Economic and institutional determinants of foreign land acquisition in Africa: An empirical analysis

Over the past decade, Africa has experienced unprecedented demand for large scale agricultural land. Africa accounts for more than half of the volume of land acquired and close to two-thirds of the total deals globally. Yet, there is dearth of empirical evidence on demand for arable land in Africa. This paper provides some econometric analysis of the key determinants of large scale land acquisition in Africa. Evidences from bivariate and multi-variate analyses show that both economic and institutional factors play some critical role in explaining demand for large scale arable land in Africa. Key determinants include high yield gap, low per capita income, abundant inland water resources, low property rights and prevalence of corruption. To make the recent surge in land demand beneficial in terms of agricultural transformation, improved livelihoods for the rural people and reduce poverty, it is important to ensure both economic and institutional factors create positive incentives to the local economy, rural farmers and the poor. This includes making fertilizer available, increasing local farmers’ access to agricultural infrastructures (e.g. irrigation, tractors and storage facilities), investing in land registration and certification, and improving land governance and procedures.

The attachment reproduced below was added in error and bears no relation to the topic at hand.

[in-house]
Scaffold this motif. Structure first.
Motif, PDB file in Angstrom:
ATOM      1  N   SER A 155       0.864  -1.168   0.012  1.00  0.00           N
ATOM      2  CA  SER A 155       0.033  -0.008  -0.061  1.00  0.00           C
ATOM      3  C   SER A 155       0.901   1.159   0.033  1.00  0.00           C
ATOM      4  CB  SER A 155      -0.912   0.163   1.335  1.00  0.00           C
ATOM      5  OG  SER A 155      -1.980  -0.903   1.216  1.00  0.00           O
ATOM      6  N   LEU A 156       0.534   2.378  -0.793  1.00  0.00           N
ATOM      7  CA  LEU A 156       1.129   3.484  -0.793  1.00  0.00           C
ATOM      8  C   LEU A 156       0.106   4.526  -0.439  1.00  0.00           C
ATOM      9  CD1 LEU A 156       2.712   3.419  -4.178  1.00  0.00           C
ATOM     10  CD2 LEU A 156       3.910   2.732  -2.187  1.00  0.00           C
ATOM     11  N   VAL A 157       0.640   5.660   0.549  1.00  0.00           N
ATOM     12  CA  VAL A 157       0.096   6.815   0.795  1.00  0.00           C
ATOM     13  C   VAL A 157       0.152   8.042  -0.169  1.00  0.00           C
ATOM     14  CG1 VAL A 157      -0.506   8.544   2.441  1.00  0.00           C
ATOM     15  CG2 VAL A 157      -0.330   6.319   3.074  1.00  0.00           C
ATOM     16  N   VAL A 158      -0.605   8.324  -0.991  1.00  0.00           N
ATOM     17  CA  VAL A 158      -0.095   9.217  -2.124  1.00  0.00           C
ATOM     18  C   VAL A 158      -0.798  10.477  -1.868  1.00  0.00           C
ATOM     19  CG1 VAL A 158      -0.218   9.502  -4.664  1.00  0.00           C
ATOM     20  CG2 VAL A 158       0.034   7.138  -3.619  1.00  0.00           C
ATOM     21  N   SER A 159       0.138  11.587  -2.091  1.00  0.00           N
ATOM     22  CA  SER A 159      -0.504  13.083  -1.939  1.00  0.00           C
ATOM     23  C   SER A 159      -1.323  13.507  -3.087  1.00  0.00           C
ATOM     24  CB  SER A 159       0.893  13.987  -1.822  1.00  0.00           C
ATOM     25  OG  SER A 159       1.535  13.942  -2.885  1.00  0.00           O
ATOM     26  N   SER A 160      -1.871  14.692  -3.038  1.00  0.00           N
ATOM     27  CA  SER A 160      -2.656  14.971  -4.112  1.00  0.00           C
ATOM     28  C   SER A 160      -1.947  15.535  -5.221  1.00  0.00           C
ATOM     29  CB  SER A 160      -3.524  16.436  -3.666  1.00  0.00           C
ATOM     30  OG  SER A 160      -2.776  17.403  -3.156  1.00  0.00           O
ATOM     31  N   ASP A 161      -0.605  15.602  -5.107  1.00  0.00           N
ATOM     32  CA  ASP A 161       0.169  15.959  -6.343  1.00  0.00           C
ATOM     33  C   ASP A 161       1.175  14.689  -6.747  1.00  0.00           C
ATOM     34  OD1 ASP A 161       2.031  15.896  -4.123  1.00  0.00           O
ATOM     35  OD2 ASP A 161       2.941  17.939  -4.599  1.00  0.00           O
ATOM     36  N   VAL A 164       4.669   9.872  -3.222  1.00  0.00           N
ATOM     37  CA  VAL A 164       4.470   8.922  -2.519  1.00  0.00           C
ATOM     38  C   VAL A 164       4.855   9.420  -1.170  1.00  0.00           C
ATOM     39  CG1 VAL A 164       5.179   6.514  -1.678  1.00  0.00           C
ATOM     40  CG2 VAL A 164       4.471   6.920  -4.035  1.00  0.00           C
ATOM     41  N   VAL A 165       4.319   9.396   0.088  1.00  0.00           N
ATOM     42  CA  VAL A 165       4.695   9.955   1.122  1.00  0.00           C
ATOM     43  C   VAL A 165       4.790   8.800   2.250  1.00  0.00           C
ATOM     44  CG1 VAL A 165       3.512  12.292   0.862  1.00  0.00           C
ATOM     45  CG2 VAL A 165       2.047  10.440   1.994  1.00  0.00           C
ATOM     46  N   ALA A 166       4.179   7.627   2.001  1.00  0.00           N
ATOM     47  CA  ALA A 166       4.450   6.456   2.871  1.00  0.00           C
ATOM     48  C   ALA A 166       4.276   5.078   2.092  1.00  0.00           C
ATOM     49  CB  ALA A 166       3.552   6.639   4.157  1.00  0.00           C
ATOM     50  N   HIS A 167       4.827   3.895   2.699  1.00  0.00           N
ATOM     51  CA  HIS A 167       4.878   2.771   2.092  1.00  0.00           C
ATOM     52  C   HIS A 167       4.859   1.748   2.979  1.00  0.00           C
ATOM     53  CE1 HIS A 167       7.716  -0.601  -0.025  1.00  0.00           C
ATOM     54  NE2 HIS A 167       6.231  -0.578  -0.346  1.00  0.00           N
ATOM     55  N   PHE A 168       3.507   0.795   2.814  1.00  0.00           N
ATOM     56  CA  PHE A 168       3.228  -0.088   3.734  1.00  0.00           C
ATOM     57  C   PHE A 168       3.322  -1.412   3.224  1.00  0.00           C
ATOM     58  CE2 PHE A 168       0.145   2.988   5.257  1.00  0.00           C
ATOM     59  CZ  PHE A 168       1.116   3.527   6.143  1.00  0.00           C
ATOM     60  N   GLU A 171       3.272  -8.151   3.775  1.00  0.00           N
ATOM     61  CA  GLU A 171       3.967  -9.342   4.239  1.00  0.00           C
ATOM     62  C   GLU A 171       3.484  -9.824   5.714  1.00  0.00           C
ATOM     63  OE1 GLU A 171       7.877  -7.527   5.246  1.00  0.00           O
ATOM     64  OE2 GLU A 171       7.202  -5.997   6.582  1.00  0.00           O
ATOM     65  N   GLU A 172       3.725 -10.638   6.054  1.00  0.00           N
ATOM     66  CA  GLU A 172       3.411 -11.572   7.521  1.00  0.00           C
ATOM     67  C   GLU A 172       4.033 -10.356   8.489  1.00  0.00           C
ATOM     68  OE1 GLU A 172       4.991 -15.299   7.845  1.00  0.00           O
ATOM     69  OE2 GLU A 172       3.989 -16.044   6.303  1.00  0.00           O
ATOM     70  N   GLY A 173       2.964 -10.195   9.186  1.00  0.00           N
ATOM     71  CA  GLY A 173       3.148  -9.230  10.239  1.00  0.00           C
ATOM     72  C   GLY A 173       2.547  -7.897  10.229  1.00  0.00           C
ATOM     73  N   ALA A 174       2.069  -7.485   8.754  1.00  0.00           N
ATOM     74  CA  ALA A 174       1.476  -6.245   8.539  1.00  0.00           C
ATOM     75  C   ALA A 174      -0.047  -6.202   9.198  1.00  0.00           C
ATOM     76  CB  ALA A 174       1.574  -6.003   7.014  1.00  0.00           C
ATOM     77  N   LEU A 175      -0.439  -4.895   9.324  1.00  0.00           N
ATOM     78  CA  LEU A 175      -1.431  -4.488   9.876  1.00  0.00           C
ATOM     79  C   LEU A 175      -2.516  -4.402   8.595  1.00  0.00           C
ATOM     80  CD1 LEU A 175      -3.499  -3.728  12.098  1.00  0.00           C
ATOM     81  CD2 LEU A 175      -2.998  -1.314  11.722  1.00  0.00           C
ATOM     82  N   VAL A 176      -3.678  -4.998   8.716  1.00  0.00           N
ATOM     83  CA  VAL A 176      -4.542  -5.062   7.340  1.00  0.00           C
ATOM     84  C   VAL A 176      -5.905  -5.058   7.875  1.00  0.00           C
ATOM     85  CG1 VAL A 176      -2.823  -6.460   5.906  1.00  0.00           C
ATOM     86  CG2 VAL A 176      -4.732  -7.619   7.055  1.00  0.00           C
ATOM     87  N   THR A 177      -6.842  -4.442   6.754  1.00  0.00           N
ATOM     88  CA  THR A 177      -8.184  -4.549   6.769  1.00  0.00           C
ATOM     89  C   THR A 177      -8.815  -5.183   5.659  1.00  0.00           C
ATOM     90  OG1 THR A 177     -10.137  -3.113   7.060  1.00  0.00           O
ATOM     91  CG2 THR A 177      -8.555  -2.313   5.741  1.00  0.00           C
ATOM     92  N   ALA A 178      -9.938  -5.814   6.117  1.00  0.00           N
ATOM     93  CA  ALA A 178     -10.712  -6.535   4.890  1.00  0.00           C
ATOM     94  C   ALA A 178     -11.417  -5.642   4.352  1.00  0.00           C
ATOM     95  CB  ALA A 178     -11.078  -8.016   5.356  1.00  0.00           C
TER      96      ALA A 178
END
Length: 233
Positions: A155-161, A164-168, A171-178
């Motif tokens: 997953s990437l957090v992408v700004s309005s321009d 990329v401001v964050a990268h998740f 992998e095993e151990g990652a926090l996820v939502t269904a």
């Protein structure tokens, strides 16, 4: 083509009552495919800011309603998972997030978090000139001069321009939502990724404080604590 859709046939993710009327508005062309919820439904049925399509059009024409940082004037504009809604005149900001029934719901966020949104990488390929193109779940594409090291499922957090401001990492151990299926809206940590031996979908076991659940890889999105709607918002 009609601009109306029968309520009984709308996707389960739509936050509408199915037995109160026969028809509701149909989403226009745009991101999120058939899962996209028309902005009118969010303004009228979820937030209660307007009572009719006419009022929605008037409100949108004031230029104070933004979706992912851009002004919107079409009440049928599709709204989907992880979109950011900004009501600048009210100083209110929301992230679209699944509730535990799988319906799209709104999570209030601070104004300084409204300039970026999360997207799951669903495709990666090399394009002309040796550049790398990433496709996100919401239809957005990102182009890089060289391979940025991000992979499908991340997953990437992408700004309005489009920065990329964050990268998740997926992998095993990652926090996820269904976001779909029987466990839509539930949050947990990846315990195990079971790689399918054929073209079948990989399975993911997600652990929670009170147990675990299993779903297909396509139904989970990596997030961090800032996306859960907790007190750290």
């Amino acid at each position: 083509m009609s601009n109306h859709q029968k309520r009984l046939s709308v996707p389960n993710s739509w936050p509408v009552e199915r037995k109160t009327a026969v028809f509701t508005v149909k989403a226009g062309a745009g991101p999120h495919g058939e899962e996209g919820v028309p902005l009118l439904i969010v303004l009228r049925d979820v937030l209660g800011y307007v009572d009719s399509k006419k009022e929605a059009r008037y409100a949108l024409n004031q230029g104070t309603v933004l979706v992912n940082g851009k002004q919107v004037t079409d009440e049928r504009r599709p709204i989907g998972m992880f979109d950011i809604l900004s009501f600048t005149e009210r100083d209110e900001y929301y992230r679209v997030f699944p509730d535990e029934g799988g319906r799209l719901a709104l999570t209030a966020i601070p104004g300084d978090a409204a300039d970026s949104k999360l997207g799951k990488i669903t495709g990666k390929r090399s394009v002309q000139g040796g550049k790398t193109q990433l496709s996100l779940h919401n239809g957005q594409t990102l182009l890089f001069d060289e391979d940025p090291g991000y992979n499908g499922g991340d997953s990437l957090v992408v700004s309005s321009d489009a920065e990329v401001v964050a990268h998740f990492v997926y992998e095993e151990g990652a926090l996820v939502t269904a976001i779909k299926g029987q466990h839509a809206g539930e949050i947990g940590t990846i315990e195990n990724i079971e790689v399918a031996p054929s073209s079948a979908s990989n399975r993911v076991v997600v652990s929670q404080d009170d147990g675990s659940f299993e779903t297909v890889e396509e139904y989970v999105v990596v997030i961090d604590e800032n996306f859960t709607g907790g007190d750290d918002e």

Issue Date:
Jan 01 2014
Publication Type:
Working or Discussion Paper
Record Identifier:
http://ageconsearch.umn.edu/record/267004
Language:
English
Total Pages:
37




 Record created 2018-01-23, last modified 2018-01-24


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